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dc.contributor.authorMartens, Annelies
dc.contributor.authorVanhoucke, Mario
dc.date.accessioned2018-04-12T12:58:37Z
dc.date.available2018-04-12T12:58:37Z
dc.date.issued2018
dc.identifier.issn0926-5805
dc.identifier.doi10.1016/j.autcon.2018.01.002
dc.identifier.urihttp://hdl.handle.net/20.500.12127/5940
dc.description.abstractThe goal of project control is monitoring the project progress during project execution to detect potential problems and taking corrective actions when necessary. Tolerance limits are a tool to assess whether the project progress is acceptable or not, and generate warnings signals that act as triggers for corrective action to the project manager. In this paper, three distinct types of tolerance limits that have been proposed in literature are validated on a large and diverse set of real-life projects mainly situated in the construction sector. Moreover, a novel approach to construct tolerance limits that integrate the project risk information into the monitoring process is introduced. The results of the empirical experiment have shown that integrating project-specific information into the construction of the tolerance limits results in a higher efficiency of the monitoring process. More specifically, while including cost information increases the efficiency only marginally, incorporating the available resource information substantially improves the efficiency of the monitoring process. Furthermore, when projects are not restricted by scarce resources, the efficiency can be enhanced by integrating the available project risk information.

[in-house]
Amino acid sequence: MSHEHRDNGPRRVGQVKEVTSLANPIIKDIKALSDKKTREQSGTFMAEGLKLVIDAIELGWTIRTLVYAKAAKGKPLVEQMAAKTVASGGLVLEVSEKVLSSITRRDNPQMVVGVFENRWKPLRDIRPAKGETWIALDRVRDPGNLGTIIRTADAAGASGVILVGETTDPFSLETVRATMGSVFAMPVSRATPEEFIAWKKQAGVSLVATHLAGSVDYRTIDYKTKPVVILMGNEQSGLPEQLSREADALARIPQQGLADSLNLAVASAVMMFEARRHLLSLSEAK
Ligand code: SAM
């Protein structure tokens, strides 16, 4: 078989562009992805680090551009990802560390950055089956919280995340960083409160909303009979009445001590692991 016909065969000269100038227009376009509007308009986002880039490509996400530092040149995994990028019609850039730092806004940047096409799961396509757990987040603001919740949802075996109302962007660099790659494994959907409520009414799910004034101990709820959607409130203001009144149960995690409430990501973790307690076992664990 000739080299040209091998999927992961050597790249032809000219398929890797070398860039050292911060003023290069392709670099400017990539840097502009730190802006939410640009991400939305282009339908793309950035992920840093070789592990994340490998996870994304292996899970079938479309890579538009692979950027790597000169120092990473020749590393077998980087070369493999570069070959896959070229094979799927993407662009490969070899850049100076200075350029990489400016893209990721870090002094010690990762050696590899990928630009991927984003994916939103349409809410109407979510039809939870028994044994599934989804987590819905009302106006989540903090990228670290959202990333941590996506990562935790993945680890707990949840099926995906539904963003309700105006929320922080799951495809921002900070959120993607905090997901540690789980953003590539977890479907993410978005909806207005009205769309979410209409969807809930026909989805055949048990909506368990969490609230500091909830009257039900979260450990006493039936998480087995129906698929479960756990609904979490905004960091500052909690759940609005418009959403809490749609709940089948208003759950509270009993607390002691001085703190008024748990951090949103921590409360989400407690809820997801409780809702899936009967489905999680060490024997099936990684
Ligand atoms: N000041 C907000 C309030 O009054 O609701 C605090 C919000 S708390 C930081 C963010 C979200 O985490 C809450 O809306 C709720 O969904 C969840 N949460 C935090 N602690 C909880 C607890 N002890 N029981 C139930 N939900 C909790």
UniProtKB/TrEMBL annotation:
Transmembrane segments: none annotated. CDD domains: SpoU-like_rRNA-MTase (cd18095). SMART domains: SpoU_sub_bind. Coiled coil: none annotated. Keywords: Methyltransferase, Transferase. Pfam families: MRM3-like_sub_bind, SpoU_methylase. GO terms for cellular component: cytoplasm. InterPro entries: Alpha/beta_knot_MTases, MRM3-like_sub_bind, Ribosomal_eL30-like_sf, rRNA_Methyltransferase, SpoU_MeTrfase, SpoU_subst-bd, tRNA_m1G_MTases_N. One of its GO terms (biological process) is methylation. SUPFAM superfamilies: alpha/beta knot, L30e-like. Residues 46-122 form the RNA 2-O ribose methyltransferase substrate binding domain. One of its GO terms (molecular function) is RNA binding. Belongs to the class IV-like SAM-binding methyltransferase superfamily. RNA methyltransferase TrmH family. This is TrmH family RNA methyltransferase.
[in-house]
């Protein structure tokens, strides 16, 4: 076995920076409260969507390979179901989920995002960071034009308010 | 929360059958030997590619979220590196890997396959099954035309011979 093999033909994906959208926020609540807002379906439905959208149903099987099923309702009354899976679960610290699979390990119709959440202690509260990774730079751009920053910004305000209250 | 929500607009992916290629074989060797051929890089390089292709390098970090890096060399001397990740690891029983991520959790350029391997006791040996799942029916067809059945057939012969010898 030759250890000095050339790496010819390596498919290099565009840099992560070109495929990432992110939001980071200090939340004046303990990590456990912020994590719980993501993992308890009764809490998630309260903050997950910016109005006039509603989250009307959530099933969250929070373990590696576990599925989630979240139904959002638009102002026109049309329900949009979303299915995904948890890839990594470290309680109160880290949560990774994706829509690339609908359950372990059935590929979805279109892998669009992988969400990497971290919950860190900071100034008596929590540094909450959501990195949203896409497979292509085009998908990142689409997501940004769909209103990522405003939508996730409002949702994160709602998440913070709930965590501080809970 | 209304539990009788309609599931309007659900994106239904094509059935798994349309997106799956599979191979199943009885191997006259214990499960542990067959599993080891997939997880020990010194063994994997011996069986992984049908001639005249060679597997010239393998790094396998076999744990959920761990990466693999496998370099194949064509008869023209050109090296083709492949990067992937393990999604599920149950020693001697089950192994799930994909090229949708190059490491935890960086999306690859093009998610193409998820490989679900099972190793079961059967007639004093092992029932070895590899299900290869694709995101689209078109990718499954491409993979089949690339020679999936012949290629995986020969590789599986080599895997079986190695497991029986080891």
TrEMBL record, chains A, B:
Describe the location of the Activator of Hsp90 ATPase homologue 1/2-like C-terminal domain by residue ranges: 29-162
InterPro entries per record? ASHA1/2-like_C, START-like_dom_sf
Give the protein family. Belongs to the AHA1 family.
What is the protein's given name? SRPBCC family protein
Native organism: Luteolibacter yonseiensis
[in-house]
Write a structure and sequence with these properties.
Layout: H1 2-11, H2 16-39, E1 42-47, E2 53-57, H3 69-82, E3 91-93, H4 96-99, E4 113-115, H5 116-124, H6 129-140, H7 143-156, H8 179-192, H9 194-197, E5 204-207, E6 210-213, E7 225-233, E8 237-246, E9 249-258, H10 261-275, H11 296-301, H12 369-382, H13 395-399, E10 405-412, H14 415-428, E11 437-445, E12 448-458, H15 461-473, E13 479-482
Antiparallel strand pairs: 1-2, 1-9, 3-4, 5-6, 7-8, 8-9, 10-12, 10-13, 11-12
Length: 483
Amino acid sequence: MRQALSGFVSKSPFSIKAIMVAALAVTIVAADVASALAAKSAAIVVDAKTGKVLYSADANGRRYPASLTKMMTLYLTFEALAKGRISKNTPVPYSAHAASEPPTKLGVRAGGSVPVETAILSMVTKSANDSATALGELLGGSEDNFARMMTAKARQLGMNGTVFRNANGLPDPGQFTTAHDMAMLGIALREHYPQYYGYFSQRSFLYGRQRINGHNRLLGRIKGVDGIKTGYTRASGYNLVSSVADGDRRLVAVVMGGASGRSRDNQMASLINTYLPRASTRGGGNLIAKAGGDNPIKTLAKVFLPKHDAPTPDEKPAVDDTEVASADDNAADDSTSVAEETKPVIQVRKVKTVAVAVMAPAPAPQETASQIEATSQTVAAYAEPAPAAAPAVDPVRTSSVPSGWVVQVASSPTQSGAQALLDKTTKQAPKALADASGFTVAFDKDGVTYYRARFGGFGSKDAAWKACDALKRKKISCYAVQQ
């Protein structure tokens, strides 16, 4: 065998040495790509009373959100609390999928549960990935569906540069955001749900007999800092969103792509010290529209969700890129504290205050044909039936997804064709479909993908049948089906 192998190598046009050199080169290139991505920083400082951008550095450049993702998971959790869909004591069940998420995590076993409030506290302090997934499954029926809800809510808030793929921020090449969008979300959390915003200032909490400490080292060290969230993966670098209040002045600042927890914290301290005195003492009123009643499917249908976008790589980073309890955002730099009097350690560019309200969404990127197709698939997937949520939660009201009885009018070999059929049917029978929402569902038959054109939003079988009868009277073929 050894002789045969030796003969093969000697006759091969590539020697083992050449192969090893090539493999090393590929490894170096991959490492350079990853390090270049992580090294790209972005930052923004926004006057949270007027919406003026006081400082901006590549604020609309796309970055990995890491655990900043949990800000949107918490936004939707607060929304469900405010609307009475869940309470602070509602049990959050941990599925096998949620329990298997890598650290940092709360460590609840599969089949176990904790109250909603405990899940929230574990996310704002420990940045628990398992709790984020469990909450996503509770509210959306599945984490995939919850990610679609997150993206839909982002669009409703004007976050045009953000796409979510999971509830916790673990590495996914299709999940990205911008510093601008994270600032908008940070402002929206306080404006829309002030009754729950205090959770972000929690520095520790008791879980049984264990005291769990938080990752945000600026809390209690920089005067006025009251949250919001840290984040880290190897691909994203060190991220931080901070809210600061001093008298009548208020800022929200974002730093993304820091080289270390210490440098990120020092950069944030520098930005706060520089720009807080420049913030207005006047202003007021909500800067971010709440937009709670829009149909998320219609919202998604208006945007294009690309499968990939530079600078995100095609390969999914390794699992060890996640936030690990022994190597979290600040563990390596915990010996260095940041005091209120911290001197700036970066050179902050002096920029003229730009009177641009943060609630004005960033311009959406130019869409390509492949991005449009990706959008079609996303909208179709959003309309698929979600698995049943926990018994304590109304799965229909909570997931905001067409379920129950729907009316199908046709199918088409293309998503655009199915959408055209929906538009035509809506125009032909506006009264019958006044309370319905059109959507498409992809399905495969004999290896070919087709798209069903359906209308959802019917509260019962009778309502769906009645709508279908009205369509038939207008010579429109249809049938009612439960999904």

dc.language.isoen
dc.publisherElsevier
dc.subjectProject Management
dc.subjectSchedule Control
dc.subjectEarned Value Management
dc.subjectEmpirical Data
dc.titleAn empirical validation of the performance of project control tolerance limits
dc.identifier.journalAutomation in Construction
dc.source.volume89
dc.source.issueMay
dc.source.beginpage71
dc.source.endpage85
dc.contributor.departmentGhent University
dc.contributor.departmentUCL School of Management, University College London
vlerick.knowledgedomainOperations & Supply Chain Management
vlerick.typearticleJournal article with impact factor
vlerick.vlerickdepartmentTOM
dc.identifier.vperid58614


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